Confronting Mr Tusk over his “Hell” outburst, Mrs May accused the European Council president of undermining efforts to get a deal and triggering “widespread dismay” in the UK.
But British officials last night said signs were growing that the EU was ready to begin serious talks on how to resolve the outstanding issues in the stalled discussions.
One said: “Everyone in the room wanted to get this sorted as soon as possible. They do not want things to drag on any more than we do.”
Tonight, Mrs May will step up her bid for a legally-binding pledge that the UK cannot be trapped in an EU customs union to protect the open Irish border.
She will hold talks with Irish premier Leo Varadkar in Dublin. And Attorney General Geoffrey Cox will fly to the city to meet his Irish counterpart Seamus Woulfe on legal details of the “backstop” border proposal.
Mr Cox is “working on working on possible ways in which legal texts could be drafted, that gave effect to the objective we want,” Cabinet Office minister David Lidington told the BBC.
Following her Brussels meetings, Mrs May said she and EU Commission president Jean-Claude Juncker agreed that “talks will now start to find a way through this, to find a way to get this over the line, and to deliver on the concerns that Parliament has, so that we get a majority in Parliament”.
She added: “What I see and hear from leaders is a desire for us to work together to ensure that we can deliver the UK leaving the European Union with a deal.
“My work is to deliver Brexit, to deliver it on time, and I will be negotiating hard in the coming days to do just that. And I’m clear that I’m going to deliver Brexit, I’m going to deliver it on time, that’s what I’m going to do for the British public.”
Confirming that she gave Mr Tusk a dressing down, the Prime Minister said: “I’ve raised with President Tusk the language that he used, which was not helpful and caused widespread dismay in the United Kingdom. The point I made to him was that we should both be working to ensure that we can deliver a closer relationship between the United Kingdom and the European Union in the future, and that’s what he should be focusing on.”
Hailed Mr Tusk sparked fury during a Brussels press conference on Wednesday by saying leading Brexit campaigners deserved damnation for failing to draw up a viable withdrawal plan.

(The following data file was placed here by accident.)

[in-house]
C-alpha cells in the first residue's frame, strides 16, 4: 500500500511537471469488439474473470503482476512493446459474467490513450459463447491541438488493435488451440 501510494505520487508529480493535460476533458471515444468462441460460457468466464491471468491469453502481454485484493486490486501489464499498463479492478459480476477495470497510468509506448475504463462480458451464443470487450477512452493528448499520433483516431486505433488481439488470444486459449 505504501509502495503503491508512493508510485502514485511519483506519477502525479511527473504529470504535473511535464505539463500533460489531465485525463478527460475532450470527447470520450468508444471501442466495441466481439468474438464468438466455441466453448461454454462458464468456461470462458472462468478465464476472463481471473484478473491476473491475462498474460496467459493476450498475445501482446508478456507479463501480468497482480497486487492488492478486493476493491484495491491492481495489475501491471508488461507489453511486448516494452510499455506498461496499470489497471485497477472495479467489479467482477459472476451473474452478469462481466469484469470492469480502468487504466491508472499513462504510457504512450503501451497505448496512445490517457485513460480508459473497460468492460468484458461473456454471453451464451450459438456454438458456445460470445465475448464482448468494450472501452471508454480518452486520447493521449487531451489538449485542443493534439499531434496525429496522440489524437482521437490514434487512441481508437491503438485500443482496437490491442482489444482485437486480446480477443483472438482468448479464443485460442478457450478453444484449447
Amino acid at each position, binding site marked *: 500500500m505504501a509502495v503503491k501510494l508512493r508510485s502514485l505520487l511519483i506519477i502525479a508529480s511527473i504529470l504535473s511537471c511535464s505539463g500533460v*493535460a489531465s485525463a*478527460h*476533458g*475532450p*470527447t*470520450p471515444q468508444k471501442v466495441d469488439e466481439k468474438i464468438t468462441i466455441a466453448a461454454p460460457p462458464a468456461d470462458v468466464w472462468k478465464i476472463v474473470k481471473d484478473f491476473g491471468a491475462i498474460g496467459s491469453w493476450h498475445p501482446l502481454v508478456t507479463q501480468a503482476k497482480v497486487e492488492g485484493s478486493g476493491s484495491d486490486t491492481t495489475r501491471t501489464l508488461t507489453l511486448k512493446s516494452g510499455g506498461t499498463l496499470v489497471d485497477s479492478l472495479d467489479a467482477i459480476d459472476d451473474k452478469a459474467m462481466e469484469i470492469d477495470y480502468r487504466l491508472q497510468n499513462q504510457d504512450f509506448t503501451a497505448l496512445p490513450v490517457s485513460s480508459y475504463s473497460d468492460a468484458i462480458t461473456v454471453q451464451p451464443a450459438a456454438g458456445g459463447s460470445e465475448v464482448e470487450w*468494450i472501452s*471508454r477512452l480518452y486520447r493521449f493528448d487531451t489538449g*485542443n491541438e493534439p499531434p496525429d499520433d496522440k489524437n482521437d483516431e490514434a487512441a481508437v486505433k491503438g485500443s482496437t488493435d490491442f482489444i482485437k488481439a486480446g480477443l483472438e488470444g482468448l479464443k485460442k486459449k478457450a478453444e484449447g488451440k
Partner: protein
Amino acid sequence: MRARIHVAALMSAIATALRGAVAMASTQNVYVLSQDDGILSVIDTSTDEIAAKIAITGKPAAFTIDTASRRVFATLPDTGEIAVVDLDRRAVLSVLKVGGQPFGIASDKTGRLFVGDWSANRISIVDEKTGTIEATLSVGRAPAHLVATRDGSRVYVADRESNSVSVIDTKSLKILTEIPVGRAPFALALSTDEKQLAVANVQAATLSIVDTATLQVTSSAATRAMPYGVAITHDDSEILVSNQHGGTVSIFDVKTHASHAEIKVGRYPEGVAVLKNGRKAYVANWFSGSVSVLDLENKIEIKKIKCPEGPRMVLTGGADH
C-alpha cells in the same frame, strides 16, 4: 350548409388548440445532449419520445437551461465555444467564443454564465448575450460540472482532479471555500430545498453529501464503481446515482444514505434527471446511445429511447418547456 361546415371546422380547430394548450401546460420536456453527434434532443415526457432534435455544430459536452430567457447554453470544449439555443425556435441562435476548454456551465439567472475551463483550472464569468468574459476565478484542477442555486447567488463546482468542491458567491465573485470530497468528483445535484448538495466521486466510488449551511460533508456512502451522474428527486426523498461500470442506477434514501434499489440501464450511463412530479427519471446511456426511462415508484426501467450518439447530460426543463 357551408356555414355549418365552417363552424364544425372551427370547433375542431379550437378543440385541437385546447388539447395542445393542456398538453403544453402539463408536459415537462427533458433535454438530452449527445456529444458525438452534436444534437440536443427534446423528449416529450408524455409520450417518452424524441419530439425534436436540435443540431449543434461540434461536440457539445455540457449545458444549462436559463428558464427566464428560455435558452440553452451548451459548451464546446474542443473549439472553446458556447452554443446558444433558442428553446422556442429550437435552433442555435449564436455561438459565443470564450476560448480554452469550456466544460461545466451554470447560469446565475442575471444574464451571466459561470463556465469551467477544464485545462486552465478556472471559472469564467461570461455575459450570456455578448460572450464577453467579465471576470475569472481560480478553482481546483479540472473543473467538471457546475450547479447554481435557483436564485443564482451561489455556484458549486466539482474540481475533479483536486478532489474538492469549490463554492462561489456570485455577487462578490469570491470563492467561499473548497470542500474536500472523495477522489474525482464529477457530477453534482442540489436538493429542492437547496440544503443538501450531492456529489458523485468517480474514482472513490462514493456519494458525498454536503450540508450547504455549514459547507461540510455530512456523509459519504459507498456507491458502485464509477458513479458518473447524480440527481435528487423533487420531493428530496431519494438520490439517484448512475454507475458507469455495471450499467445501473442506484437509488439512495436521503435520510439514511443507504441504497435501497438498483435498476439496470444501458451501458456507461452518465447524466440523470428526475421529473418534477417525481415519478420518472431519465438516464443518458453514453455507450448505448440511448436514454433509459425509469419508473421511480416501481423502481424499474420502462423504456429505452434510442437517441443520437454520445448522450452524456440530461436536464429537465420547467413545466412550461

But even after the rebuke from Mrs May, Mr Tusk was downbeat, tweeting: “Still no breakthrough in sight. Talks will continue.”
Downing Street insiders hailed the decision to open talks between British negotiators and Mr Juncker’s officials as “important progress”, despite EU leaders’ claims that the Withdrawal Agreement could not be renegotiated.
The Prime Minister’s spokesman said: “What we would look to as positive is the fact that there are now going to be talks between the parties to try to find way through which Parliament can support.”
Brexit Secretary Stephen Barclay will be meeting EU chief negotiator Michel Barnier on Monday. In a joint statement after their meeting last night, Mrs May and Mr Juncker said: “The talks were held in a spirit of working together to achieve the UK’s orderly withdrawal from the EU. The discussion was robust but constructive.”
Mrs May and Mr Juncker are expected to hold further talks before the end of the month.
But European Parliament president Antonio Tajani, who met Mrs May yesterday, sounded a warning about a no-deal Brexit.
He said: “We are open to being more ambitious on our future rela-tions, including looking at the Irish situation again if the UK’s red lines change. We are weeks from an economic and human catastrophe. “This is the reality of a no-deal Brexit. The European Parliament has done its part and we need to continue to work together to avoid it.”
The European Parliament’s Brexit co-ordinator Guy Verhofstadt said Mrs May “assured us that there will be a backstop”.
He added: “There is no question to remove the backstop because that is absolutely necessary for securing and safeguarding the Good Friday Agreement, safeguarding the internal market and safeguarding also the peace process.” Mr Verhofstadt said any problems with the backstop should be solved in the Political Declaration.
Support Meanwhile, Mrs May gained fresh support last night from German chancellor Angela Merkel.
Speaking during a visit to Slovakia, Mrs Merkel said: “I think we can find solutions without reopening the Withdrawal Agreement. That is not on the agenda for us.”
The Prime Minister is expected to put the deal to a vote in the Commons towards the end of February.
Bank of England governor Mark Carney has warned of the mounting risk of a recession amid the “negative shock” of a no-deal Brexit.
He said yesterday uncertainty about the outcome of negotiations was “weighing more heavily” on business activity as he slashed growth forecasts to their weakest for 10 years.